Giroux Amburn, P.C.

Slip and Fall

Helping You Recover When a Fall Takes You by Surprise

All it takes is one minor mistake—an uneven walkway, a loose step, or a wet floor—to cause a slip and fall accident. But that small mistake can have a serious impact on your life. If someone’s carelessness stranded you with a serious injury, medical bills you can’t afford, and worry about what to do next, the personal injury attorneys at Giroux Amburn can help.

According to the Centers for Disease Control and Prevention, over 800,000 patients are hospitalized each year due to a fall injury. And according to the Bureau of Labor Statistics, slips, trips, and falls were the leading cause of days away from work in 2017.

In order to prove negligence in a slip and fall case, you must prove:

  • That the owner of the premises, or an employee, had a duty of care to you: and
  • That the owner or employee caused the spill, worn spot, or dangerous conditions which resulted in your injury: or
  • That the owner or employee knew about the danger and did nothing to prevent it:
  • Alternately, the owner or employee should have reasonably known about the danger and taken steps to eliminate the risk

It isn’t enough to simply prove that there was a dangerous condition, or that said dangerous condition caused your injury. You have to show that the owner knew, or should have reasonably known, about the danger on their property and failed to take reasonable steps to prevent harm.

Did you suffer any of the following injuries due to a slip and fall accident?

  • Traumatic brain injury
  • Broken bones
  • Spinal cord injury
  • Paralysis
  • Spinal stenosis
  • Slipped or herniated discs
  • Hip fractures
  • Shoulder dislocation or brachial plexus injury

If you suffered any of these injuries due to someone else’s negligence, let the attorneys at Giroux Amburn stand up for you.

We take pride in treating our clients like our own family, because we know that when you’re going through a difficult time, you need an attorney that will fight for you while also supporting you and your family through the legal process.

Frequently Asked Questions

Q: What are my civil rights?

Generally speaking, your civil rights are those enumerated under the US Constitution and legislative acts. Civil rights are typically those considered to be related to an individual’s political and social freedom and equality.  These rights range from your right to free speech to your right to an attorney.

Q: What rights do I have if I’ve been arrested?

The most important rights to consider if you’ve been arrested or picked up by police are the right to an attorney, the right to avoid self-incrimination, and the right not to be unlawfully detained. You can always refuse to answer questions and request an attorney. If you have not been formally placed under arrest, you have the right to leave police custody. If you’ve been placed under arrest, the police have a certain amount of time they can hold you without formally filing charges. Even after you have been formally charged, you have the right to request a non-punitive bail, which can be granted or denied at the judge’s discretion.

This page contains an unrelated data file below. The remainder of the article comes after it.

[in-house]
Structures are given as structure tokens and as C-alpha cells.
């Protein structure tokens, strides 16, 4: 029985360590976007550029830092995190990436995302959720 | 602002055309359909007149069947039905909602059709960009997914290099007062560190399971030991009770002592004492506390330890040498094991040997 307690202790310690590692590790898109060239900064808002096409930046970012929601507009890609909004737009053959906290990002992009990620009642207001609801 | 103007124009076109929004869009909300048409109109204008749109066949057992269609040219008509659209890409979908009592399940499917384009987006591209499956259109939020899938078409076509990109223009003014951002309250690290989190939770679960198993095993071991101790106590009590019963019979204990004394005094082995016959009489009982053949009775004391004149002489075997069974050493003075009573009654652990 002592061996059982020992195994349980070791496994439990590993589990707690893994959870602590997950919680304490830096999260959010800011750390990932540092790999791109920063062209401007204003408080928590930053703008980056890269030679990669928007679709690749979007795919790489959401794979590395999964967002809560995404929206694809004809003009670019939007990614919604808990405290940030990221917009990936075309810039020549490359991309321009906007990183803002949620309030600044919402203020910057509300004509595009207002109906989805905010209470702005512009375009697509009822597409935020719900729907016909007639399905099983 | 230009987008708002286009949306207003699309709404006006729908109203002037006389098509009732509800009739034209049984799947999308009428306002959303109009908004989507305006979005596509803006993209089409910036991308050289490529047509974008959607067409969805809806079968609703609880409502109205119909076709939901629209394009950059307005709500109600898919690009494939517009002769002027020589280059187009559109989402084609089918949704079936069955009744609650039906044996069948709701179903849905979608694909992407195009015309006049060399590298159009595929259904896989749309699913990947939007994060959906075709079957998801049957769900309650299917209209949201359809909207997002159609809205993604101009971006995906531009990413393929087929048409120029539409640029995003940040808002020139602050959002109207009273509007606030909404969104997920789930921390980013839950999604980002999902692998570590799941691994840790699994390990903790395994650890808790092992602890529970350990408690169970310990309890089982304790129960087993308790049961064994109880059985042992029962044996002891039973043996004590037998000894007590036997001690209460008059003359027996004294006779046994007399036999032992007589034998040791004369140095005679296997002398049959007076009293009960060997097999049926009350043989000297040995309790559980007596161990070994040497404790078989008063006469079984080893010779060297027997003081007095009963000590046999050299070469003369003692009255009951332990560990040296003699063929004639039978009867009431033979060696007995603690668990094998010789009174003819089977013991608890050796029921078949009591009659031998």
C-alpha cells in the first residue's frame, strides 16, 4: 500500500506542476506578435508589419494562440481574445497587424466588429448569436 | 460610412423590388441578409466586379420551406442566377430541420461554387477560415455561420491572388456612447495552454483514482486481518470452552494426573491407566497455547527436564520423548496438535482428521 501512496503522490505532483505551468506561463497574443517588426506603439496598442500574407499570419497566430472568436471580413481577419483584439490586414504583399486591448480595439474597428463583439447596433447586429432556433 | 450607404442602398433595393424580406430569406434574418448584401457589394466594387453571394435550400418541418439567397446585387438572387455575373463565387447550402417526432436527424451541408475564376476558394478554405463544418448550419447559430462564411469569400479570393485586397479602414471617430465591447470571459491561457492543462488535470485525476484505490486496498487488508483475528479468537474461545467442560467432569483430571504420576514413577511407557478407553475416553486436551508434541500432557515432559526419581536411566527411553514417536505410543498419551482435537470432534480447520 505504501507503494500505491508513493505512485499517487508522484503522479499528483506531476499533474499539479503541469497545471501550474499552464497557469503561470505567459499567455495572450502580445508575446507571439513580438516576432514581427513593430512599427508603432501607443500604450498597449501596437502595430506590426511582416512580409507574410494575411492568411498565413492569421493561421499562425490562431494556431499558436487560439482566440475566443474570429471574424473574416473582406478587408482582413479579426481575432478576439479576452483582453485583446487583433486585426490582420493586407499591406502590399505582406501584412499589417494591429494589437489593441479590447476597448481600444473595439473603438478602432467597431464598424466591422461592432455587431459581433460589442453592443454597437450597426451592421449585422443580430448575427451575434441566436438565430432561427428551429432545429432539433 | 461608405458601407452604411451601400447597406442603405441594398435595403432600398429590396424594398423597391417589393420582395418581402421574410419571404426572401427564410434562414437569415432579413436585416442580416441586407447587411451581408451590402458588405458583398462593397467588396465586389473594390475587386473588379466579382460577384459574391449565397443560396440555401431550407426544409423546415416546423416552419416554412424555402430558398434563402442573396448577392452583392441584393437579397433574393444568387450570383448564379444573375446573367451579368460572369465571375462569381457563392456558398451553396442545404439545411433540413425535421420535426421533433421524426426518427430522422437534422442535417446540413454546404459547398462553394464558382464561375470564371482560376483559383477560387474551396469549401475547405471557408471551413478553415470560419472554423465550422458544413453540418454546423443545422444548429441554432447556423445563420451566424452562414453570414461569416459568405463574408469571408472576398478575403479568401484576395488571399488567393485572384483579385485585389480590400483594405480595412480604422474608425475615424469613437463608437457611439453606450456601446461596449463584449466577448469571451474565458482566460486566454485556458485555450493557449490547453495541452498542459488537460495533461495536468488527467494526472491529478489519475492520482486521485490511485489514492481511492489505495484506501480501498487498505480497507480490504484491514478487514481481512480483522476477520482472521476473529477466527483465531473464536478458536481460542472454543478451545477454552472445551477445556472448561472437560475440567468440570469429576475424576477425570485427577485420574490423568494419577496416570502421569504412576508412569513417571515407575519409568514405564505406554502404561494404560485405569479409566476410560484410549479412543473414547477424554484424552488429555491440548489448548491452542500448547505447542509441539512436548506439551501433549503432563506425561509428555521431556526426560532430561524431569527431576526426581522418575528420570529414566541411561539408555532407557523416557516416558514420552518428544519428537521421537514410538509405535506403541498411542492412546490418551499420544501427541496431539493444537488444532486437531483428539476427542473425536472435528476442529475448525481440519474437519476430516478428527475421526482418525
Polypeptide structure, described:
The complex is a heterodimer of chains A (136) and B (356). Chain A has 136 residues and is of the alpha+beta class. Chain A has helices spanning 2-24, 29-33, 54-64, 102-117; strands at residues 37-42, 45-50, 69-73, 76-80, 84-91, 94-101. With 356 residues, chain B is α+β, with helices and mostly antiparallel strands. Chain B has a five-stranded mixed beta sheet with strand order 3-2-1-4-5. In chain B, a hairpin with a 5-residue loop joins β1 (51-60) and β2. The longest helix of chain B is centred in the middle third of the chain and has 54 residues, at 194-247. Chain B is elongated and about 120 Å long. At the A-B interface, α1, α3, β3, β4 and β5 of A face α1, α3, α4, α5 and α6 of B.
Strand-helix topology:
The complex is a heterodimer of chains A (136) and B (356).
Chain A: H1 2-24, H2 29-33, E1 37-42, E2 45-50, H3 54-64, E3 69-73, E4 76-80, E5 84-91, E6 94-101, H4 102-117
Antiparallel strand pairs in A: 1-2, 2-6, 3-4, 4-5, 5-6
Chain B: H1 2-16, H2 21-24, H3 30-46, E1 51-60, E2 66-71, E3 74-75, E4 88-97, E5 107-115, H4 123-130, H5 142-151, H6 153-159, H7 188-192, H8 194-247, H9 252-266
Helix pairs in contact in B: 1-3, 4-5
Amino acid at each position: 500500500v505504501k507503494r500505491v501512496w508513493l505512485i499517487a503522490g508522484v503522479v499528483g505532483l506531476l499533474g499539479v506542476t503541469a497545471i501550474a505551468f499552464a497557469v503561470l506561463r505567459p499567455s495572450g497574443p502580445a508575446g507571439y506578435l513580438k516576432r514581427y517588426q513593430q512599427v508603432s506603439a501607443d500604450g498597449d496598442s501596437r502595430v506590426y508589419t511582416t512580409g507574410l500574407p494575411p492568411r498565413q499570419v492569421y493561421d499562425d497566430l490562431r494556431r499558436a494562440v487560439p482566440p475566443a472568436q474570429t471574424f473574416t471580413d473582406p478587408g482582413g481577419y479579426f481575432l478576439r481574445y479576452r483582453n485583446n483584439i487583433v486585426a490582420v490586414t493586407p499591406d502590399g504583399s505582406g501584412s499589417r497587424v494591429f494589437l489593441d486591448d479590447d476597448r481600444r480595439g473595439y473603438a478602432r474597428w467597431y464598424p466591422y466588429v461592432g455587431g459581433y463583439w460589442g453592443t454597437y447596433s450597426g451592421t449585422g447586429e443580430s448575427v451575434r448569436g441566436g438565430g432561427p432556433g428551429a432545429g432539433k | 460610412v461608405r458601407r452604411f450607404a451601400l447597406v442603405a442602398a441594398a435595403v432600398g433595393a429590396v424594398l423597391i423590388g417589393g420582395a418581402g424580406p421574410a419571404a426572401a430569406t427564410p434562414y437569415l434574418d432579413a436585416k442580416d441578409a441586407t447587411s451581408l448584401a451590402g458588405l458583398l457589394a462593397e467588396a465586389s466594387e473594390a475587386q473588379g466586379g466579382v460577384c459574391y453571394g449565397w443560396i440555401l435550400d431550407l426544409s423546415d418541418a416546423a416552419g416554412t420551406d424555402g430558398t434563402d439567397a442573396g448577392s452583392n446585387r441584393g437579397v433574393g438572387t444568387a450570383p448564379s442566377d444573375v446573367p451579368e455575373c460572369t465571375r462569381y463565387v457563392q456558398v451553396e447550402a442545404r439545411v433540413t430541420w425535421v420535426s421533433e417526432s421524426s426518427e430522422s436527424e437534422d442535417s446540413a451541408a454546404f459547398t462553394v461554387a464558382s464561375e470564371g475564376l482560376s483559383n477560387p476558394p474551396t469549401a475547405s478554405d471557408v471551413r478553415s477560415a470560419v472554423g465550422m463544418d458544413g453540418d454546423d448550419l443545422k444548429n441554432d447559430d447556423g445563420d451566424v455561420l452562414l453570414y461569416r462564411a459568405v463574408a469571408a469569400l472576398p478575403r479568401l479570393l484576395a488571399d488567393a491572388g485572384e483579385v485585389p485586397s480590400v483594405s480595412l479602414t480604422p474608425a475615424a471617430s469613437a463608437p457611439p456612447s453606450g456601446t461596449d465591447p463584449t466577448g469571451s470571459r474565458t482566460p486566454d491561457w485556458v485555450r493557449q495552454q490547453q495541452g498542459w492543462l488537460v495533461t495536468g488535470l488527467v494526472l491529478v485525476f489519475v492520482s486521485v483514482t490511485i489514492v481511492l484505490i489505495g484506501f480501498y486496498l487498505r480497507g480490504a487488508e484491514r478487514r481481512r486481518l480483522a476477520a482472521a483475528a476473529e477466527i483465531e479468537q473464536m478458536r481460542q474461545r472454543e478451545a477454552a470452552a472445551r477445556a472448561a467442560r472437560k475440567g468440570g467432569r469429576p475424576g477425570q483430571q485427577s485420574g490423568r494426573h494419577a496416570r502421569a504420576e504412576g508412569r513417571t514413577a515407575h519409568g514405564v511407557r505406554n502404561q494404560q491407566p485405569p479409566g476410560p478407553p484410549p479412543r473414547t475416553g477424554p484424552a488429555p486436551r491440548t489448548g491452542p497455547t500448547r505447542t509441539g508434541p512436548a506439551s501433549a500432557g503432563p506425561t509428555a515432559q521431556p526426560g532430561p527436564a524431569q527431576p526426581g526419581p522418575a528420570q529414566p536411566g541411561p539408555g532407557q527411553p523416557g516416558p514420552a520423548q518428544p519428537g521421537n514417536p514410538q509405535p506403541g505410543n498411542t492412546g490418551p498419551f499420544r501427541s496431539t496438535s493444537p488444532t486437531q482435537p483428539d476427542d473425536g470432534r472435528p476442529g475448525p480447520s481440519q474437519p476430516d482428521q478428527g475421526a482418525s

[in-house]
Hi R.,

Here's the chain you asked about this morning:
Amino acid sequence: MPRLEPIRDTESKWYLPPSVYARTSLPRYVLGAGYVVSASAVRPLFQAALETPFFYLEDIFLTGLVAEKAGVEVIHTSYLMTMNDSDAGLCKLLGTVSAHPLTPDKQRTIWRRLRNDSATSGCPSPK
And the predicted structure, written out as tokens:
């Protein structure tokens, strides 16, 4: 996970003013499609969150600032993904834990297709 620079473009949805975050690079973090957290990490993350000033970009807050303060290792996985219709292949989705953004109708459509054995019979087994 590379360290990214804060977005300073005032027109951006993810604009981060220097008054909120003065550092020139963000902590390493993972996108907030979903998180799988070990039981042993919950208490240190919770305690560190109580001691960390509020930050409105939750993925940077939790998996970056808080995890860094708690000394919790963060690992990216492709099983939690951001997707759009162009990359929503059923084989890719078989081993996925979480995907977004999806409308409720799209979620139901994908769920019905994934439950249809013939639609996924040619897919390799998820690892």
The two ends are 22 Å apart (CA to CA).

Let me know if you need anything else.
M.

Q: What is the statute of limitations for a civil rights claim?

Depending on the claims alleged, civil rights violations have varying statutes of limitations under state law. Federal courts typically apply the laws of the forum state in assessing the applicable statute of limitations. If you believe your rights have been violated, you should speak to a lawyer immediately.

Q: What are common types of civil rights claims?

Technically, a civil rights claim can be any act that in some way has infringed upon an individual’s autonomy.  The most common types of civil rights claims involve abuse by government actors, such as police brutality or misconduct, or agencies, wrongful termination, and employment discrimination.

Q: I believe my rights have been violated by the government or one of its officers. Do I have a claim?

Government actors and officers are protected by governmental and qualified immunity that bars claims. However, if it can be proven that the government or its officer acted with gross indifference or acted in a way that serves as an exception to their governmental immunity, you can pursue a claim.

Q: What is a 1983 complaint?

The most common type of civil rights claim is a federal 1983 claim. 1983 claims are those raised under 42 USC 1983, which governs the actions of governmental agents, like police officers. 1983 claims are often asserted when an individual has been assaulted by a police officer, a government funded institution commits a tort, or an individual suffers an injury or death while incarcerated.

Q: Can I file a civil rights claim on behalf of a family member or friend?

You can only file a civil rights claim on behalf of someone other than yourself if one of the following exceptions applies: wrongful death cases, an incapacitated plaintiff, a minor plaintiff, or a class action case.

Q: What is the difference between a civil and a criminal violation of civil rights?

A criminal civil rights violation involves the use or threat of force. A civil violation of civil rights involves no violence, only discriminatory behavior. Criminal violations carry incarceration penalties, while civil violations carry monetary penalties.

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